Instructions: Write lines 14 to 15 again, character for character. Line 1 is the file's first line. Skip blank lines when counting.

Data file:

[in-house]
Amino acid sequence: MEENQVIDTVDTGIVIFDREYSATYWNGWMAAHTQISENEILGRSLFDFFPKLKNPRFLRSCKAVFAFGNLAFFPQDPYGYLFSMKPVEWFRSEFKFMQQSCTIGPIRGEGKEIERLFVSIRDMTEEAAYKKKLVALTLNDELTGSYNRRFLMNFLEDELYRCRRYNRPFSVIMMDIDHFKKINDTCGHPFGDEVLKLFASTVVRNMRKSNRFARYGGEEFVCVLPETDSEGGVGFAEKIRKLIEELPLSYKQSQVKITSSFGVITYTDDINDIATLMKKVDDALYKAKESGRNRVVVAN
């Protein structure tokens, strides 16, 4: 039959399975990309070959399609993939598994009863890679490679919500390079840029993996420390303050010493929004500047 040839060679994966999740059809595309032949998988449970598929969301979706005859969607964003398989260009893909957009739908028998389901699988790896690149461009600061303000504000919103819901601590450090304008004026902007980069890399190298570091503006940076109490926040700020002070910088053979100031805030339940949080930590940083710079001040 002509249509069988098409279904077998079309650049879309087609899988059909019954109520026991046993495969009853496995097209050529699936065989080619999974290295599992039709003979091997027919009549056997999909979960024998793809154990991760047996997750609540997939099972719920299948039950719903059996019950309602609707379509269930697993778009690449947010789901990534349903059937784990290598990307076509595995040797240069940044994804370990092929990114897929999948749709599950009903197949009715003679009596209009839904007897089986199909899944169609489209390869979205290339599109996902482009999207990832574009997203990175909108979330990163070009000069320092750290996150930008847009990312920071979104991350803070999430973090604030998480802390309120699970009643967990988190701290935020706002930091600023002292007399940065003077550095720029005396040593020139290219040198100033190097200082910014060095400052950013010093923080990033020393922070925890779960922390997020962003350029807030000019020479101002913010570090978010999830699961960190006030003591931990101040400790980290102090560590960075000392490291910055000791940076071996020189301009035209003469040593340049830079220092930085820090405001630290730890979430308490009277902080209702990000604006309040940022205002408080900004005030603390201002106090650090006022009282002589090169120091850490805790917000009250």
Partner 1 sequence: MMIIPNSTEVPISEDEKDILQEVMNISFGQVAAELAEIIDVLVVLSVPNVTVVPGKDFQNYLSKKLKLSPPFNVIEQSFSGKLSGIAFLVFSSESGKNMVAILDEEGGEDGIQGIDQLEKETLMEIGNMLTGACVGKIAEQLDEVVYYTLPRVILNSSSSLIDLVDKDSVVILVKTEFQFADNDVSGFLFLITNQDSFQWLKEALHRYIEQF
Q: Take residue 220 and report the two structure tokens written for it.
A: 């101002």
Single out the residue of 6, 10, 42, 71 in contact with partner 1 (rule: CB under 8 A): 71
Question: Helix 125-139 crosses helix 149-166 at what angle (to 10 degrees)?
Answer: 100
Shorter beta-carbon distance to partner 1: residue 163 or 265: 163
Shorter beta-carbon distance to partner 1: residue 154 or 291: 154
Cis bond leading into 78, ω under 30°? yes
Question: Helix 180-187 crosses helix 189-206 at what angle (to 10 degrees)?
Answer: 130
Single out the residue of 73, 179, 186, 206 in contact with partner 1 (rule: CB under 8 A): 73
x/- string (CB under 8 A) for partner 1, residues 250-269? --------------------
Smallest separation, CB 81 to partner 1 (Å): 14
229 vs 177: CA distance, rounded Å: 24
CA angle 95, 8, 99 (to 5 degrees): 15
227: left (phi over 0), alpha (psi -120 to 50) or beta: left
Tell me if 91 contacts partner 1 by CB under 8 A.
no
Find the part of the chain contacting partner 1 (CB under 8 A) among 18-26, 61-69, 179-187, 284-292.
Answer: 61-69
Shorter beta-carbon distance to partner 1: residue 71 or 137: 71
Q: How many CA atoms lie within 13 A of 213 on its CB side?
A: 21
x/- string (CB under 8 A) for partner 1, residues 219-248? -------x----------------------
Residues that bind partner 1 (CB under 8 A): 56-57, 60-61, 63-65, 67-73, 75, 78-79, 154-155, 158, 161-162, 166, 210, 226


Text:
Answer: 130
Single out the residue of 73, 179, 186, 206 in contact with partner 1 (rule: CB under 8 A): 73